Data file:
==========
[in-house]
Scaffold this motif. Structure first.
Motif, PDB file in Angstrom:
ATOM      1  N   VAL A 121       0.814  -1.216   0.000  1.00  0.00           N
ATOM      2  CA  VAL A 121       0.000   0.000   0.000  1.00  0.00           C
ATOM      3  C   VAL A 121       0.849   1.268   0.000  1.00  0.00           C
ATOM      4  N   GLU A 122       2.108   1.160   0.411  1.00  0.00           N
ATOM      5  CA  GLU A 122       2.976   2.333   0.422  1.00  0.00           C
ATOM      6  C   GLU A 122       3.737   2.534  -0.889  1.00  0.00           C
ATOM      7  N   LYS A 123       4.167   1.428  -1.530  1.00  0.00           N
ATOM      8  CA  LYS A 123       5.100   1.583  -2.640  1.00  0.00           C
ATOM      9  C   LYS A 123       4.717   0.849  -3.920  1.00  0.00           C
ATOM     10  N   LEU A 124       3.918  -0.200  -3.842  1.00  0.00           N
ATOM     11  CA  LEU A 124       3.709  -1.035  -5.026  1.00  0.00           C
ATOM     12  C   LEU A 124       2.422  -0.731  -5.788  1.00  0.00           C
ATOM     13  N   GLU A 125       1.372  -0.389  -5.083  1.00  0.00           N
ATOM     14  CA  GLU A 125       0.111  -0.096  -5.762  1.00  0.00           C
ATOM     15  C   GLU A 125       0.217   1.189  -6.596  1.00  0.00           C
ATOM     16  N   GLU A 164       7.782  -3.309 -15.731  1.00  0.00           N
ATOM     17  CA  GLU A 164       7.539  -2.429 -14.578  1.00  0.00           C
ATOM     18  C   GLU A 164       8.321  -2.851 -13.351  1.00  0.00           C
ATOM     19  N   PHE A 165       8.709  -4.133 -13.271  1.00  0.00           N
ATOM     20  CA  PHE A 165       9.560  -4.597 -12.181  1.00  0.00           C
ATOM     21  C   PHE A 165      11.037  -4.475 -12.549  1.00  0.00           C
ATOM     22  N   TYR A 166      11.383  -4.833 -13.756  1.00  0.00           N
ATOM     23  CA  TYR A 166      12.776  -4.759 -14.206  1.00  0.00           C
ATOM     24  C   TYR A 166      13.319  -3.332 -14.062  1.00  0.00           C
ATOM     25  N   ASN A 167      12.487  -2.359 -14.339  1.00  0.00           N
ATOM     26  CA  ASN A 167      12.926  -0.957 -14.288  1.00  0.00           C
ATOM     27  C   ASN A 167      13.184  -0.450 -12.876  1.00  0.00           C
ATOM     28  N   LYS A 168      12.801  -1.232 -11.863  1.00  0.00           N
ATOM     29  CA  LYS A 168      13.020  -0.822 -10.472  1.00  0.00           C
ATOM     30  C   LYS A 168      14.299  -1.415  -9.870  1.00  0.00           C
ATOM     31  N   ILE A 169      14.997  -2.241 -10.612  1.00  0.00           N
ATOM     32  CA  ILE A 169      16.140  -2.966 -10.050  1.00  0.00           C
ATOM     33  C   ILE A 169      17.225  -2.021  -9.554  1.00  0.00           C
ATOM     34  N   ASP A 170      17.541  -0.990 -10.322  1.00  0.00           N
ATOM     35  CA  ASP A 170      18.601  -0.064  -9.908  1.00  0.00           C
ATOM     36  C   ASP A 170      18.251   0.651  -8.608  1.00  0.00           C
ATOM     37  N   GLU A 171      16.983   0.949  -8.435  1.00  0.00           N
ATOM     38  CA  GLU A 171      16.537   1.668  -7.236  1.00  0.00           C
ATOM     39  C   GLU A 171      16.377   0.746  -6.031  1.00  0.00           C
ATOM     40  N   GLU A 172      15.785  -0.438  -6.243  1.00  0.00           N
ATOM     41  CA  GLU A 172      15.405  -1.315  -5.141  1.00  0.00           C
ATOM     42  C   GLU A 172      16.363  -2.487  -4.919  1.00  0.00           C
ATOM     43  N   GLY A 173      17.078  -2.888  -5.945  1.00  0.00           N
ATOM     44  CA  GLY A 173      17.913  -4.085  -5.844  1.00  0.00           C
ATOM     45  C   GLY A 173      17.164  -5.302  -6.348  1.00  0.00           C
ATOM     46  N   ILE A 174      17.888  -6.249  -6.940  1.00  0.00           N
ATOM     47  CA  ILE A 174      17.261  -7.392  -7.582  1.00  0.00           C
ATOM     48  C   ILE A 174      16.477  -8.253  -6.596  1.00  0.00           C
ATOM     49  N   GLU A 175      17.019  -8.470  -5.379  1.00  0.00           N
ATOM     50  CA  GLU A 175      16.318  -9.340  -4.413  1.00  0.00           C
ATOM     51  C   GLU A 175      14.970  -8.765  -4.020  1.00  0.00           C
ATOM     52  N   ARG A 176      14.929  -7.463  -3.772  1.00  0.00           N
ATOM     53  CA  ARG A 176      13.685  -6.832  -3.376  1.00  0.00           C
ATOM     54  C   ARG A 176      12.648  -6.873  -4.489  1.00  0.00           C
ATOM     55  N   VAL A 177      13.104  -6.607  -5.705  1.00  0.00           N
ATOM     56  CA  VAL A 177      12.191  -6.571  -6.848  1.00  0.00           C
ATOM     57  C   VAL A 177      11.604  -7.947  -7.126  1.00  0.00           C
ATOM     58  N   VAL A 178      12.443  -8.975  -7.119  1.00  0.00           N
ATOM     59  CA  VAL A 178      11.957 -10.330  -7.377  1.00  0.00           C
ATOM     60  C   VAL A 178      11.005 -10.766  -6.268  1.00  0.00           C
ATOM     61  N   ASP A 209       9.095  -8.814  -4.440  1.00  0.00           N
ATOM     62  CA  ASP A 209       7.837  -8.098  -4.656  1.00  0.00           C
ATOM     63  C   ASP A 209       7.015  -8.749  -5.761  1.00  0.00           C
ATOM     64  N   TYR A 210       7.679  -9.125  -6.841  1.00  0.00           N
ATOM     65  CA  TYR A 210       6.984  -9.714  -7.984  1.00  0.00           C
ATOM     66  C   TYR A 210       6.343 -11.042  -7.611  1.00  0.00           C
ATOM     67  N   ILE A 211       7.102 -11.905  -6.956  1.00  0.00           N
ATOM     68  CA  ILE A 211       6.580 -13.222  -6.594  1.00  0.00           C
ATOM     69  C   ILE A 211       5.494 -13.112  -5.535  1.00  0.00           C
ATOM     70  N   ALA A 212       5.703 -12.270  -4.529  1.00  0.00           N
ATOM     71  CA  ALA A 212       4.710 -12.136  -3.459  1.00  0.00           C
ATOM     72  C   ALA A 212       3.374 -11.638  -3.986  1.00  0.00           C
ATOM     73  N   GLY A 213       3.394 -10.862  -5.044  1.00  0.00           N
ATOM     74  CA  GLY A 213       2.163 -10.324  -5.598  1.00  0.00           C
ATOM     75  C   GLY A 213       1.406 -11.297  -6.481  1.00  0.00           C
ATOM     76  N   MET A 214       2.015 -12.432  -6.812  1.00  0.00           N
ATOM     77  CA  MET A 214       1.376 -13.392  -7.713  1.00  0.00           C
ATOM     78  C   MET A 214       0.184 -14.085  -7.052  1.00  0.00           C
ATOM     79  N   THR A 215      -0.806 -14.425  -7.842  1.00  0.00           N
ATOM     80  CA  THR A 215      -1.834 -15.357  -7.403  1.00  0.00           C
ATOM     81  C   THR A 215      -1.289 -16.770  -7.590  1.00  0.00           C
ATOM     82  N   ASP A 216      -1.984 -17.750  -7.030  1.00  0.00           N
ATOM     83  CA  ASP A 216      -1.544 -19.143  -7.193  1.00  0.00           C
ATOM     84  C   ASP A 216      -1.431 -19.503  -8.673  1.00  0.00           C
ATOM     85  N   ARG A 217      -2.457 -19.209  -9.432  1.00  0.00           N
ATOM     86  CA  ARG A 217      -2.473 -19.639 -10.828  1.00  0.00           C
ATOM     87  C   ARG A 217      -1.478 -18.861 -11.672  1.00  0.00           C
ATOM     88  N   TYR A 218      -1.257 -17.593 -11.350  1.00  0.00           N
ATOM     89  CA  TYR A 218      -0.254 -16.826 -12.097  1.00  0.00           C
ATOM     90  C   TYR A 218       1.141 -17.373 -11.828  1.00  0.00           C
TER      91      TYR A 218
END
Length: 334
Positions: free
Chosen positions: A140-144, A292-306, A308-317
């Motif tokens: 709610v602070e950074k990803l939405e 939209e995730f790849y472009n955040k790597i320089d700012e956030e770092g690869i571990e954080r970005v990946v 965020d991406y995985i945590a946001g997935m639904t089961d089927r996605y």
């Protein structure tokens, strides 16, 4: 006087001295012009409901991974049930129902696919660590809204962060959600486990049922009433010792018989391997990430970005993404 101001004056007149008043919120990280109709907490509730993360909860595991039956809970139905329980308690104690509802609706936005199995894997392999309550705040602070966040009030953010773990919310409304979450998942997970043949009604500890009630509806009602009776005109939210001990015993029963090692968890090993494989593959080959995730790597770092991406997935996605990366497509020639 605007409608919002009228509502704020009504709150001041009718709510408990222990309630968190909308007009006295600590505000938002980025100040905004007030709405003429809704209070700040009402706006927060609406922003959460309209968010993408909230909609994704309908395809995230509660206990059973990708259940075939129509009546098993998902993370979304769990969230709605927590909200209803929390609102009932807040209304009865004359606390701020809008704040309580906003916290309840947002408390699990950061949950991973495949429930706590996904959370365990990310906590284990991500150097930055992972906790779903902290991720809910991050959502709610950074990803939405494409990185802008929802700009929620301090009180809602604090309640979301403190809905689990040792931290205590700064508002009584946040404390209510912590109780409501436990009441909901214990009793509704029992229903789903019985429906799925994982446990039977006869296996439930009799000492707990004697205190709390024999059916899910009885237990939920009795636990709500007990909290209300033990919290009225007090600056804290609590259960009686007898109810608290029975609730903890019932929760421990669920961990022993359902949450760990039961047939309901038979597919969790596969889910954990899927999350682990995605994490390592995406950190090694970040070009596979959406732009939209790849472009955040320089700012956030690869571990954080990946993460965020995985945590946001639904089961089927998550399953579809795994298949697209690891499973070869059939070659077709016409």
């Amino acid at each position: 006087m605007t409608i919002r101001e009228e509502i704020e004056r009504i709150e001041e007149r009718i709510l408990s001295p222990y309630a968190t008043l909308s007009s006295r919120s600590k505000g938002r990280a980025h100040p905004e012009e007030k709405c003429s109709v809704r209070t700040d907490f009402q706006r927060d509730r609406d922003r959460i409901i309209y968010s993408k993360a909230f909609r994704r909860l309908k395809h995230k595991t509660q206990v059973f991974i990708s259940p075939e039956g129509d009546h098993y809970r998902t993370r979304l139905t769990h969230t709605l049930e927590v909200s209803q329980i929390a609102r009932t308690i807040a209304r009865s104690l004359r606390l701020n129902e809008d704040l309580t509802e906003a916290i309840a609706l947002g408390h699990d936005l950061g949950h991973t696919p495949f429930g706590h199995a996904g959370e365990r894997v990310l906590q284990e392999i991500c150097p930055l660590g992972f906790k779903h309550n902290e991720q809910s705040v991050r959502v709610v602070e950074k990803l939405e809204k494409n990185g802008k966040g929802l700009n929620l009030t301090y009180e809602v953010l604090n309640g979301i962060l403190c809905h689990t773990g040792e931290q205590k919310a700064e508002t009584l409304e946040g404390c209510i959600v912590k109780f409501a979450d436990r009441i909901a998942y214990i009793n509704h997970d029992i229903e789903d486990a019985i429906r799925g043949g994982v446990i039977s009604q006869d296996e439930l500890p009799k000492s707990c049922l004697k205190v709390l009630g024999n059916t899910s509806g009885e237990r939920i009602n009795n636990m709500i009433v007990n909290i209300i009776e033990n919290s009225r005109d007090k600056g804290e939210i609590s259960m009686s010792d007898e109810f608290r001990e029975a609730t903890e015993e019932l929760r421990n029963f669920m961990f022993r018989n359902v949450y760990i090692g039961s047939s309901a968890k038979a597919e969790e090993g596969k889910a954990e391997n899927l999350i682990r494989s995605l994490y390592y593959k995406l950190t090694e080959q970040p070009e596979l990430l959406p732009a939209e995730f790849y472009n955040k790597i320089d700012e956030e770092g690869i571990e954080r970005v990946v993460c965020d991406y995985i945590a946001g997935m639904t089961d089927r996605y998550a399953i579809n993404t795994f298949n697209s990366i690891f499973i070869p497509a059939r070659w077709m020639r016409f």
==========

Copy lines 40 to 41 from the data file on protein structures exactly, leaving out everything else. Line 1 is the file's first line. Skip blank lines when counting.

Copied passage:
ATOM     37  N   GLU A 171      16.983   0.949  -8.435  1.00  0.00           N
ATOM     38  CA  GLU A 171      16.537   1.668  -7.236  1.00  0.00           C